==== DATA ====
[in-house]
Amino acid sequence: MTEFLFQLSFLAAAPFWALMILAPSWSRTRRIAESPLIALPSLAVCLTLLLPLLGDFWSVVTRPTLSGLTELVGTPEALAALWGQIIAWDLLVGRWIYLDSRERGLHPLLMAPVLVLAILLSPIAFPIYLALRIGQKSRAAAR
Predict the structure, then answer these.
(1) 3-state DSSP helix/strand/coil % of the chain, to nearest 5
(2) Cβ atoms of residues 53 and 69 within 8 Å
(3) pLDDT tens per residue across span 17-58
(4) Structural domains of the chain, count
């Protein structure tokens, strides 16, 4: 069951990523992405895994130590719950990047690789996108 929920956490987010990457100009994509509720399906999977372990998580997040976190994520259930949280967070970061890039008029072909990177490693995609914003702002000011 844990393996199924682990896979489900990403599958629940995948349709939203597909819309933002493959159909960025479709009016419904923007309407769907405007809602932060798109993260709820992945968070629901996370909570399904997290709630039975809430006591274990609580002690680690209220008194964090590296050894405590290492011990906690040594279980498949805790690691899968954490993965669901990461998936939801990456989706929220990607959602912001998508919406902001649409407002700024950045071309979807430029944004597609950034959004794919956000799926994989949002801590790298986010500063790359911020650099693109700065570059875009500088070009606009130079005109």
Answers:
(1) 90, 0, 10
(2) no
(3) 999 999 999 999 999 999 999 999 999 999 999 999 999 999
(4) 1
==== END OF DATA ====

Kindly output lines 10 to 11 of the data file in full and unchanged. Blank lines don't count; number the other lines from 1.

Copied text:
(1) 90, 0, 10
(2) no